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Kim, Jung, and Bates: History and Trends of "Personal Health Record" Research in PubMed

Abstract

Objectives

The purpose of this study was to review history and trends of personal health record research in PubMed and to provide accurate understanding and categorical analysis of expert opinions.

Methods

For the search strategy, PubMed was queried for 'personal health record, personal record, and PHR' in the title and abstract fields. Those containing different definitions of the word were removed by one-by-one analysis from the results, 695 articles. In the end, total of 229 articles were analyzed in this research.

Results

The results show that the changes in terms over the years and the shift to patient centeredness and mixed usage. And we identified history and trend of PHR research in some category that the number of publications by year, topic, methodologies and target diseases. Also from analysis of MeSH terms, we can show the focal interest in regards the PHR boundaries and related subjects.

Conclusions

For PHRs to be efficiently used by general public, initial understanding of the history and trends of PHR research may be helpful. Simultaneously, accurate understanding and categorical analysis of expert opinions that can lead to the development and growth of PHRs will be valuable to their adoption and expansion.

I. Introduction

Within a relatively short period of time, the Internet has allowed consumers to obtain expert medical/health information and thus the potential to make more informed decisions. As the saying goes, knowledge is power, and consumers are therefore becoming more powerful using health information technology in the form of computers and smart phones that can access the Internet. In today's society, a paradigm shift is gradually occurring from the medical service system and healthcare providers as the holders of medical knowledge to consumers becoming the primary authorities of their own health management. Of course, this situation clearly has its limitations and patients sometimes struggle to interpret the vast quantity of information available, some of which is inaccurate. With this comes increasing responsibility as consumers become more engaged in activities related to healthcare. Personal health records (PHRs), which are driven in part by this paradigm, have the potential to be a critical technological catalyst for healthcare consumers in the 21st century, which may in turn result in improved health.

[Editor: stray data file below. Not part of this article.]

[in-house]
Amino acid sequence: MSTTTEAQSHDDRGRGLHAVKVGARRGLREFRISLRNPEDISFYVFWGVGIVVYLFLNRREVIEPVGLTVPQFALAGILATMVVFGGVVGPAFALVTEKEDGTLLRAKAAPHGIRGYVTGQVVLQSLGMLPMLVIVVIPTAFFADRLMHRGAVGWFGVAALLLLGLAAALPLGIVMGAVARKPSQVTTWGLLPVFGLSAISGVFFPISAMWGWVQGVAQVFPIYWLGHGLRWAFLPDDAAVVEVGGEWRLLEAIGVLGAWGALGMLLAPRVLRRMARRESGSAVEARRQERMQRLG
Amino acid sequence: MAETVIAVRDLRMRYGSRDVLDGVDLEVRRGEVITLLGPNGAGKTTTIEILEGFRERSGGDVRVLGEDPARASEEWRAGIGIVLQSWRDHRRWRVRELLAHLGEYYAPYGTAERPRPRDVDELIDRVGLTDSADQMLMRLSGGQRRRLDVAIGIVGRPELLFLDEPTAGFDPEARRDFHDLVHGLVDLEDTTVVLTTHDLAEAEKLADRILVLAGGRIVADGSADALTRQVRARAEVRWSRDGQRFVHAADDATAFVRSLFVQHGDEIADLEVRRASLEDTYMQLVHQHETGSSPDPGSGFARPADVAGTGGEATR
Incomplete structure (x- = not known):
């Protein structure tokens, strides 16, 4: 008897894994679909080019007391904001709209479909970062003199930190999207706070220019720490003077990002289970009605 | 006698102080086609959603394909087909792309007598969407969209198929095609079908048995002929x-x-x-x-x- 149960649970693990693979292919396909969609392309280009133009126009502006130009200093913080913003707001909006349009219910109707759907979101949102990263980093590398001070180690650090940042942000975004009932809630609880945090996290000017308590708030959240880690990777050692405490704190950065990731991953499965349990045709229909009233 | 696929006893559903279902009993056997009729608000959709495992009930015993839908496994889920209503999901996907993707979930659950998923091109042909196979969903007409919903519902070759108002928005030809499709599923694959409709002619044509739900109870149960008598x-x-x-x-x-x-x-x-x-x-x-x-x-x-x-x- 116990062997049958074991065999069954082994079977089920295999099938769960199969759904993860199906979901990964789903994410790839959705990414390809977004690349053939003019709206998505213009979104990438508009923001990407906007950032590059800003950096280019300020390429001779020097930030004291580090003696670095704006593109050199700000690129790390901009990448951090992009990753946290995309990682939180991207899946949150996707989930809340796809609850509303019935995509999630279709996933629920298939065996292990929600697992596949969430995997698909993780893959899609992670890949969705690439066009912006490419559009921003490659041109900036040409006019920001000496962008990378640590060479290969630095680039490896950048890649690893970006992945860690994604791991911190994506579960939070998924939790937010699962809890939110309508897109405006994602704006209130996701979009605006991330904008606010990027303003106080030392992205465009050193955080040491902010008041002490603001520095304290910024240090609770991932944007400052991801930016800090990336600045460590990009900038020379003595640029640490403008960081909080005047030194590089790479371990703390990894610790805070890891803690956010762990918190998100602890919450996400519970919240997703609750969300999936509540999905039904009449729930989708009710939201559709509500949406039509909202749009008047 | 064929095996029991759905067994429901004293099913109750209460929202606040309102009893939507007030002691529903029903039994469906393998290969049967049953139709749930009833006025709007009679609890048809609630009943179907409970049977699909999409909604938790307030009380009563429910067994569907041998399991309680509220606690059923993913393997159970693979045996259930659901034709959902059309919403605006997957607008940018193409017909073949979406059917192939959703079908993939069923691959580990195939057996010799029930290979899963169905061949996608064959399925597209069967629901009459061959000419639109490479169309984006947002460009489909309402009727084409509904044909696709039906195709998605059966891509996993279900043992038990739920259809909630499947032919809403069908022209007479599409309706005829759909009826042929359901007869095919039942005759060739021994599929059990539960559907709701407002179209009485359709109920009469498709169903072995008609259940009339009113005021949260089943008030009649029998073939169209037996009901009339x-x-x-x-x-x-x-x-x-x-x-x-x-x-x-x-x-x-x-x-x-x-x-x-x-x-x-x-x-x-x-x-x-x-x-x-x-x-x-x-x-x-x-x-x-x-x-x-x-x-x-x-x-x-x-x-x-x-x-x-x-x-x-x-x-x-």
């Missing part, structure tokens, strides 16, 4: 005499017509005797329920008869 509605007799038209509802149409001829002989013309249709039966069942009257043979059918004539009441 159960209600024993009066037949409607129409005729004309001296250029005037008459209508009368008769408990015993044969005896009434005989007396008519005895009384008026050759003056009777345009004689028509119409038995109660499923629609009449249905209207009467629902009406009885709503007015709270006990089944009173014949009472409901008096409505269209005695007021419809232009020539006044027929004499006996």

The history of PHR implementation and application is relatively short, but many efforts to date have focused on recording protocols of disease treatment and health management. In this context, PHRs are older in origin, but its realistic application has been relatively recent. PHRs are often linked with electronic medical records (EMRs) and electronic health records (EHRs), which are increasingly widely used, and the increasing use of PHRs has also been driven by the growing digitization of health/medical information. Especially in the American healthcare market, where various different medical information systems are becoming more interconnected, the application of PHRs has grown with concomitant increases in health improvement and disease prevention.
However, active research efforts regarding PHRs are in their infancy, in part due to the lack of consensus about the standard definition of a PHR. The direction of PHR research will become an integral part in making the Lifetime Electronic Health Record a solution for aging societies, which have the large burden of chronic illnesses. To assess these research efforts to date, we searched the literature for research involving PHRs and summarized the results. We also describe how the topics assessed have evolved over time.

II. Methods